I read an article this week about fatigue. Not the physical sort where one works too long and gets exhausted, or the kind where people struggle with chronic illness. This kind of fatigue deals with the kind of watchfulness and care we’ve been carrying around since early March.
Think of a life guard charged with the careful watching of a pool full of gleeful people splashing around—children and their parents—and the eagle eyes the life guards must have. And the break they need once people are out of the pool. This kind of watchfulness, albeit, is a different kind than we have been practising, with little relief in sight. Add to that the many reports of where the virus pops up and where the curve is flattening and the potential of a vaccine being developed.
I see all this and have to dial down the news but not dismiss it completely.
Situational awareness, as described this week by Globe and Mail writer Jillian Horton, refers to this kind of watchfulness since the pandemic was first declared. Not just in one country, but in countries all over the globe, including us. People are getting tired of doing it, but that doesn’t mean it’s time to stop.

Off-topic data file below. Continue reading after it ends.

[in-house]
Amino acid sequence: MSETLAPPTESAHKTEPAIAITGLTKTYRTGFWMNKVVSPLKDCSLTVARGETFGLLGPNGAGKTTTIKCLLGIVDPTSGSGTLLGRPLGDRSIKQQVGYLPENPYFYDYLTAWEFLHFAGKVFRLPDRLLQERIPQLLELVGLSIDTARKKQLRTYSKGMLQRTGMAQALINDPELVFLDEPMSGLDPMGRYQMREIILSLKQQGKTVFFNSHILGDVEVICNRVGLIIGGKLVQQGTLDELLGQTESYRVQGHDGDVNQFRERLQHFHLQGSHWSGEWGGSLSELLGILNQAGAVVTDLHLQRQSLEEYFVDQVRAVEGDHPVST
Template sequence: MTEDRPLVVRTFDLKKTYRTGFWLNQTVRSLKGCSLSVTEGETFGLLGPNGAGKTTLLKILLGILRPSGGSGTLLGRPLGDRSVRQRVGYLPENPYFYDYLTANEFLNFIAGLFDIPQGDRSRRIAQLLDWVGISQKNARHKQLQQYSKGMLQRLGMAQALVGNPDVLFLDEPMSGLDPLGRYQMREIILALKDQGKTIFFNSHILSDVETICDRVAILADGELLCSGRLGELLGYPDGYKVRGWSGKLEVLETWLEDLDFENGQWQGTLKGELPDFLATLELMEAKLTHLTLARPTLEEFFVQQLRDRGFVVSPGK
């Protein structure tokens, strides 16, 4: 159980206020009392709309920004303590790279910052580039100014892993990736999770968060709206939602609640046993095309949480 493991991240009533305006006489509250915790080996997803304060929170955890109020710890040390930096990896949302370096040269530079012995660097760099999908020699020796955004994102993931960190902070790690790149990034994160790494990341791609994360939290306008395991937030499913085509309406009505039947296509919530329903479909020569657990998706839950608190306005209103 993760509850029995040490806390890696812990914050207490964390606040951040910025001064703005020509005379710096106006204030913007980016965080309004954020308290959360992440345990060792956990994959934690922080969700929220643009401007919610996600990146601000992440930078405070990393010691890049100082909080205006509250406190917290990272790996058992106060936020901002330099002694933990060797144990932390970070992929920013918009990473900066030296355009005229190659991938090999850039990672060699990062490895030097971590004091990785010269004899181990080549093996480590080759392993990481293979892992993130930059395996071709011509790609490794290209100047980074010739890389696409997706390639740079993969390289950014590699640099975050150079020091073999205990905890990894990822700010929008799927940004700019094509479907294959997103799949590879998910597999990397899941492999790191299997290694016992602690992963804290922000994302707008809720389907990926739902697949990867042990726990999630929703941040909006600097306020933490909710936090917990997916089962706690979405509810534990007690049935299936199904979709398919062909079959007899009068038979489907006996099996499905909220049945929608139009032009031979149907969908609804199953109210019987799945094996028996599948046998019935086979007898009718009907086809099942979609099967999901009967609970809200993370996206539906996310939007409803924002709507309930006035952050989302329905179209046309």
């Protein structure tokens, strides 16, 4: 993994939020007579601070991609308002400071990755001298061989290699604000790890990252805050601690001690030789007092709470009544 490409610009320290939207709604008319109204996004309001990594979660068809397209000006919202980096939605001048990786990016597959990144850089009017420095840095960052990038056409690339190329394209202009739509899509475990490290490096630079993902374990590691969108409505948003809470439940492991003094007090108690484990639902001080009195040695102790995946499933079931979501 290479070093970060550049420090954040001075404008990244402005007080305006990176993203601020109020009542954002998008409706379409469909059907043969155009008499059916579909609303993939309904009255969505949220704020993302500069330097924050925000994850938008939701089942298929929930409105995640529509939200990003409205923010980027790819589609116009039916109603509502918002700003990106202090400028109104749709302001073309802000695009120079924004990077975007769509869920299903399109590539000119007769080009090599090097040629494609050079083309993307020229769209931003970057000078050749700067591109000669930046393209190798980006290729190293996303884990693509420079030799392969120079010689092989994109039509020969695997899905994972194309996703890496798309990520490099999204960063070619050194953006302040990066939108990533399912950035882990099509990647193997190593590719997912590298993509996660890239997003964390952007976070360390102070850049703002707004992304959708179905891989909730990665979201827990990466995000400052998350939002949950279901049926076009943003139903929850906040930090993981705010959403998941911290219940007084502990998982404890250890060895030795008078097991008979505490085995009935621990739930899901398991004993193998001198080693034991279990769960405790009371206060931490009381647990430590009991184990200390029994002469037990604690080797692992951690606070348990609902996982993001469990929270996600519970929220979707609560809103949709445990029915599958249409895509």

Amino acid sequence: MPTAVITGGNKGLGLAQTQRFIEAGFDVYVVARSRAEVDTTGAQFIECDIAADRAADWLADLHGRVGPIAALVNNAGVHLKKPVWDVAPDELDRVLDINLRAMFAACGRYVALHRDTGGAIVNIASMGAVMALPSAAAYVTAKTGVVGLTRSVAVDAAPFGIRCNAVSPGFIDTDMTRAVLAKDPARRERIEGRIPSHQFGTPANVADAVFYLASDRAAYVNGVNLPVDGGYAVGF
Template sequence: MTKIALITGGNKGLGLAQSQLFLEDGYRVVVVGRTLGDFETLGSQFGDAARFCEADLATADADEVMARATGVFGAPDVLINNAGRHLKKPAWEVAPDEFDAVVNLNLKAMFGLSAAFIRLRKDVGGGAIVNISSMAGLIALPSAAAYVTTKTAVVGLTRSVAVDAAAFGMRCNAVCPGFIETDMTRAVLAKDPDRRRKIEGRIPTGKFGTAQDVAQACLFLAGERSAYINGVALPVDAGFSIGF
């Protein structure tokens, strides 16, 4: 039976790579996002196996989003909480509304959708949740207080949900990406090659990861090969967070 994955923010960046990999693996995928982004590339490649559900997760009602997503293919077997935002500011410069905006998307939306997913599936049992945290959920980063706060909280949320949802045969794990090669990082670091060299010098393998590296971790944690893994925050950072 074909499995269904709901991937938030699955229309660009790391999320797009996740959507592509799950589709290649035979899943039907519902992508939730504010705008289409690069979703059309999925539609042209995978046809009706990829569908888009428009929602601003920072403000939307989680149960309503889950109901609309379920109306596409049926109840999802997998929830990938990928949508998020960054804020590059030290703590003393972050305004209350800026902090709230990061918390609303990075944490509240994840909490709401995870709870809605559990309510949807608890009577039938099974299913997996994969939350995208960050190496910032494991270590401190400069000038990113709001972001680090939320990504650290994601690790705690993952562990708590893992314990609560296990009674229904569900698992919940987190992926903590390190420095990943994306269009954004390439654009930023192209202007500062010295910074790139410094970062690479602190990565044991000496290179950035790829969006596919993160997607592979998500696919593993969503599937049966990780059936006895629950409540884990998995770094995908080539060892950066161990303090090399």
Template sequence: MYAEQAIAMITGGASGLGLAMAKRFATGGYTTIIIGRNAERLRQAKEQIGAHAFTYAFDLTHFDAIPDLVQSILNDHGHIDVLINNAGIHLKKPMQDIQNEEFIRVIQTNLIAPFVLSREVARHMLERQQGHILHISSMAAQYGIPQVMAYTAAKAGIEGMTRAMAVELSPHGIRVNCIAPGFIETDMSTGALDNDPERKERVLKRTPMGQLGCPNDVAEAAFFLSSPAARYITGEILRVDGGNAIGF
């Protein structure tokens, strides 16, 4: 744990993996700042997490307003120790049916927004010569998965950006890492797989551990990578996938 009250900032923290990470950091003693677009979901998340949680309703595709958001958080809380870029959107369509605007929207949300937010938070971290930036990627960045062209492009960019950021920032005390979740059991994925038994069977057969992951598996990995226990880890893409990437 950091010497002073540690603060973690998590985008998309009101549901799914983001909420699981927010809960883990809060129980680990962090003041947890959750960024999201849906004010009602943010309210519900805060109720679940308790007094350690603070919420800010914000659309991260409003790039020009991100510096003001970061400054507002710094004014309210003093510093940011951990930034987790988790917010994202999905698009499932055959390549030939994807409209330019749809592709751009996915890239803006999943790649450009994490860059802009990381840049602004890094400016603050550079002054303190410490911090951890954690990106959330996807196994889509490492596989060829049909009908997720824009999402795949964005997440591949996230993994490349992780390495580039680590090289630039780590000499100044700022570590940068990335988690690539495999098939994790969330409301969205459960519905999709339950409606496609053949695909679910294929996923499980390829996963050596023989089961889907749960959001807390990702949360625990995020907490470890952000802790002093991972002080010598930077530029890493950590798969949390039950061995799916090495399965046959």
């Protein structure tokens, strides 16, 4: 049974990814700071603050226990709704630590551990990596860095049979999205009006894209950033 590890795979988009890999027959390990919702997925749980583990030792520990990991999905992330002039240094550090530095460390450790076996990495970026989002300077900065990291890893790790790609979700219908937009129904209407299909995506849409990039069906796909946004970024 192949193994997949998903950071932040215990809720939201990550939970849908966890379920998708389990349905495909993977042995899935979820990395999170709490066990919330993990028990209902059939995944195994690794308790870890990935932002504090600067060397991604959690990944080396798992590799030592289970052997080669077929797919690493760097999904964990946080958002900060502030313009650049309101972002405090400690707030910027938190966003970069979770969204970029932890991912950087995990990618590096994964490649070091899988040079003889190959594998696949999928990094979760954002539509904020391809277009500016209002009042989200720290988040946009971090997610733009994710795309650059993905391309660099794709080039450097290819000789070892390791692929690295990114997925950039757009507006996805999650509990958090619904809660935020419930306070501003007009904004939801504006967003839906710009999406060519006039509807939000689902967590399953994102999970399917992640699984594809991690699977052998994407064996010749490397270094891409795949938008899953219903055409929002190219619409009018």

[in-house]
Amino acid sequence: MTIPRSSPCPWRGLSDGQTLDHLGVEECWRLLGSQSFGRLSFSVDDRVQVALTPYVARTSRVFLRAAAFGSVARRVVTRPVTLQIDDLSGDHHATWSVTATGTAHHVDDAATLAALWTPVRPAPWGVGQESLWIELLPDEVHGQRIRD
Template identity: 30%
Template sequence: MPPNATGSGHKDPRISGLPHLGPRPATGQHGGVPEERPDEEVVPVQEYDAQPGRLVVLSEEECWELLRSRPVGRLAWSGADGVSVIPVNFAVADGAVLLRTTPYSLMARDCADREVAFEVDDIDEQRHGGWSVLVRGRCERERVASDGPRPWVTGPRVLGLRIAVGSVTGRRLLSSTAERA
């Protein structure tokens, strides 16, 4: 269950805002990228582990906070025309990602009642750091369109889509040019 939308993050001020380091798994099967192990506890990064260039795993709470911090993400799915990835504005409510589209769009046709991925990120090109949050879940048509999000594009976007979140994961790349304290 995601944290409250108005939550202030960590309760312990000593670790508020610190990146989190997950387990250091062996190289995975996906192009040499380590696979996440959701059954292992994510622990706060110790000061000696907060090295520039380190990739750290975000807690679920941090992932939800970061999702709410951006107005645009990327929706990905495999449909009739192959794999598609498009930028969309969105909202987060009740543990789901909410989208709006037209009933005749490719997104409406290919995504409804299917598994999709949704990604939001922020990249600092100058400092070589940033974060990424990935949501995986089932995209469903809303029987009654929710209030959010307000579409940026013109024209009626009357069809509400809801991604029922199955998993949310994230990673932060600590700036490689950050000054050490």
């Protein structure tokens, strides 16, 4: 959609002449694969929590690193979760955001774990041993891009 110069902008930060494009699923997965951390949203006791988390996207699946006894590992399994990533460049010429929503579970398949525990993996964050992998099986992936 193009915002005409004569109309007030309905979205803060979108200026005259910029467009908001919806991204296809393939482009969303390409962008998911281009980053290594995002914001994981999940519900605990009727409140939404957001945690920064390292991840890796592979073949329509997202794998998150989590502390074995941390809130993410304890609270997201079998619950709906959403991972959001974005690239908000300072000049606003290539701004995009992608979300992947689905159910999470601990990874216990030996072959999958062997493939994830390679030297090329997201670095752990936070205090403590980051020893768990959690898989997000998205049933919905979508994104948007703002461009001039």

The CERB benefit has helped many people, including some members in our family. Some companies offered delays in payment of certain bills, others offered free resources to help anyone in those positions, and that was good when we all needed to stay safe and limit our coming and going to only those things that were entirely necessary.
For people with continuing jobs, working from home, we had the reassurance of knowing we could pay our bills. We could buy groceries and necessary prescriptions.
Jesus fed people, he healed them and brought comfort
to many in distressing situations. What
can we do when so many are hurting?
For companies aching to get back on their feet at a critical time, it has to be hard financially, and for those companies that closed, an even harsher reality. Supporting local business, including restaurants with take-out food, is one thing we can do, where we have the means.
In our extended family, we had two deaths in early July within 24 hours of each other (not by Covid, but still painful). One family decided on a donation to the Food Bank of their community; that was a place we could make a contribution.
Our resources may be limited, financially, or our physical energy limited. We can exercise good judgement, do our best to keep up the practice of physical distancing, wash our hands, and wear our masks out in public, where distancing is not possible. And maybe that’s all you can do.
All this is essentially the commandment to love others as we love ourselves. Be well, stay safe, and help where you are able. And maybe for some, it's a 'listening ear' or something fresh from ourgarden.